While the military might be shutting down the Burger King and Pizza Hut in bases in Afghanistan, fast food options remain in Guantanamo Bay, Cuba. The Washington Post obtained a line-by-line breakdown of capital expenditures at the U.S. naval station in Guantanamo Bay, and it turns out that the Pentagon has spent at least $500 million since 9/11 renovating the base, including "$683,000 to renovate a cafe that sells ice cream and Starbucks coffee, and $773,000 to remodel a cinder-block building to house a KFC/Taco Bell restaurant." The Military Industrial Fast Food Complex!
This is in addition to baseball and football fields ($7.3 million), an abandoned volleyball court ($249,000), an unused go-kart track ($296,000), a skate park ($164,000), and 27 playgrounds that are often vacant ($3.5 million). Also: housing that looks like "modern-day hotels with mirrored walls, brass handrails and handsome foyers." This is only the renovation, mind you, for "not included are annual operating costs of $150 million."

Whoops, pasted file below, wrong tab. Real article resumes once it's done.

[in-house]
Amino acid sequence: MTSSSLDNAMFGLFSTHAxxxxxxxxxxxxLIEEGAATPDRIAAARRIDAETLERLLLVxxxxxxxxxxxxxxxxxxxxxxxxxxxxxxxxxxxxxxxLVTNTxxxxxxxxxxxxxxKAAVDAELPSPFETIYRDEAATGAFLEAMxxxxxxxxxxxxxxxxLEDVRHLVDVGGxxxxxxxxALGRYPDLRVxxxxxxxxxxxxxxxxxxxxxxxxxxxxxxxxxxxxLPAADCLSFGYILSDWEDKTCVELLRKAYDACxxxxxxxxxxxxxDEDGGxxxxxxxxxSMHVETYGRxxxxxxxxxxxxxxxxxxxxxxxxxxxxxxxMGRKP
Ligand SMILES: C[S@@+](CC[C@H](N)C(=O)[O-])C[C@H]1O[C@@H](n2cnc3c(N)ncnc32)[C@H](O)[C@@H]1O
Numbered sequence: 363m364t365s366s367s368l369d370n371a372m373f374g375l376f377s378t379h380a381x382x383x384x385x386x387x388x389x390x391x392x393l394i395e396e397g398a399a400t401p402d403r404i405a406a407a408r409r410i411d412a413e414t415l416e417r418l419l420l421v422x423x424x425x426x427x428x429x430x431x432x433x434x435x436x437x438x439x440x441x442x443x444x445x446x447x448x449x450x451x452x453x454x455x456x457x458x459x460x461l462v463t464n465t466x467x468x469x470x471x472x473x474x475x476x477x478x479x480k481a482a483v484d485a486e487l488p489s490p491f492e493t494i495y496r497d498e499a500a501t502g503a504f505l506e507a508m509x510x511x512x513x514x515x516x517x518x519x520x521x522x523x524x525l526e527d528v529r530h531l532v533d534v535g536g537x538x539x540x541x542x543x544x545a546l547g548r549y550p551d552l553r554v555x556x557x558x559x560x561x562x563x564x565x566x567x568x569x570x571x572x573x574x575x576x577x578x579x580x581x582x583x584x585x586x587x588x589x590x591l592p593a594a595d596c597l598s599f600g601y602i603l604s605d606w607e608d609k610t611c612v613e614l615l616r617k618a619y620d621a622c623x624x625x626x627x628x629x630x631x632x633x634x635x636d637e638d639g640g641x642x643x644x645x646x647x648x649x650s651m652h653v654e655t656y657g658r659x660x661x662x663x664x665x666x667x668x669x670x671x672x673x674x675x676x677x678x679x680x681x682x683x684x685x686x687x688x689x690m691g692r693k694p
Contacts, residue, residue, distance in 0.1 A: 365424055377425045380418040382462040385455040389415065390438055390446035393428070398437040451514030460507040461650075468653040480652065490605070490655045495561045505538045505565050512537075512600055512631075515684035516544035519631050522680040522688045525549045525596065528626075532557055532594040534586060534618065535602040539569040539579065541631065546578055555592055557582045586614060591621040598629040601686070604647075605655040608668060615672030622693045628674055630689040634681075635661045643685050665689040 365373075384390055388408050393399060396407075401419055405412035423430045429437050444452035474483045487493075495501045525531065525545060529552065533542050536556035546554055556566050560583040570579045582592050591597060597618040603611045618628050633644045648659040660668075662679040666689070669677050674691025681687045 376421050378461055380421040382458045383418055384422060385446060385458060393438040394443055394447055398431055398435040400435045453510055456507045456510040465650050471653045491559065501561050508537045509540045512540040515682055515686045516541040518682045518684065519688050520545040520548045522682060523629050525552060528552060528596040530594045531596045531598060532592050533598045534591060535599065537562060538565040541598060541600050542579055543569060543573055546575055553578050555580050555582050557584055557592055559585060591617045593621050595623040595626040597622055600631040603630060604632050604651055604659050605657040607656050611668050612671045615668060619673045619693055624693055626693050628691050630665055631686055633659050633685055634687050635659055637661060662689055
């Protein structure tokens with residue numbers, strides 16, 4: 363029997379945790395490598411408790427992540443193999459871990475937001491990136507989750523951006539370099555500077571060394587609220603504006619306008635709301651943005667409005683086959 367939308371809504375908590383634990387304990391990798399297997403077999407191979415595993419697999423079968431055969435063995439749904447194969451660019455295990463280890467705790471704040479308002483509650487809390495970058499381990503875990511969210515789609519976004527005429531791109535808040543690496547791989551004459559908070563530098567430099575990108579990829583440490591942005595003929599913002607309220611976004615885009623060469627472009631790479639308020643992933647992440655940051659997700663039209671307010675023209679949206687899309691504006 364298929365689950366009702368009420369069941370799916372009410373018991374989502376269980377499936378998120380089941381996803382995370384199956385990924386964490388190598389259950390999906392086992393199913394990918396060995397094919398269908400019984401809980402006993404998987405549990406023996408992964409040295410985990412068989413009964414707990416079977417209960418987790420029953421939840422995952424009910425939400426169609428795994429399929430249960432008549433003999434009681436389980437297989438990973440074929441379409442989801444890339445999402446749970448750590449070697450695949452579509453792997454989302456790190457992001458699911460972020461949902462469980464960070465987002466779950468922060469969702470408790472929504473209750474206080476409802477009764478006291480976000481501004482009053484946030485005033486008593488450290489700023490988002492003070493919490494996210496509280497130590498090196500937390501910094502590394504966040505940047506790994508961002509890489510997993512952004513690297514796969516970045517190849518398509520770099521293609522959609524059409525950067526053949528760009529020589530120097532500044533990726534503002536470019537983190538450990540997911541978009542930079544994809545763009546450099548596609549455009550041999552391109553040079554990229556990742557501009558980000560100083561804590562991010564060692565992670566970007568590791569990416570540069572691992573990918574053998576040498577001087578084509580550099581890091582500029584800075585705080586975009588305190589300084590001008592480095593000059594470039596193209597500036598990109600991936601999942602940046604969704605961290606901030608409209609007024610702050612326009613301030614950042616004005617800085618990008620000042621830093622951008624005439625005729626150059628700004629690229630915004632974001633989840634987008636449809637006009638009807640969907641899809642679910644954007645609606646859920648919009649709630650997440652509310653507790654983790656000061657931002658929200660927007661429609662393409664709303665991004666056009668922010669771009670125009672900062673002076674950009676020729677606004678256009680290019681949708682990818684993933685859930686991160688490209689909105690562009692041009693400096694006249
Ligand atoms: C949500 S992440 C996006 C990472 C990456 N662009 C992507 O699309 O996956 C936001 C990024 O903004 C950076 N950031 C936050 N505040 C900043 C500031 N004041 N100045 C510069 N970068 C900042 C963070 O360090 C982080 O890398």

Capt. Steven H. Blaisdell, the base's commander, defended the spending: "Because GTMO is an isolated and remote duty location with no access to an off-base community, all services must be provided on station... The installation benefits from expenditure of funds through retention and readiness improvements, as well as long-term facility sustainment, restoration and modernization."
But next up? "An expansion of one of the most popular spots on the base: O'Kelly's, an Irish pub."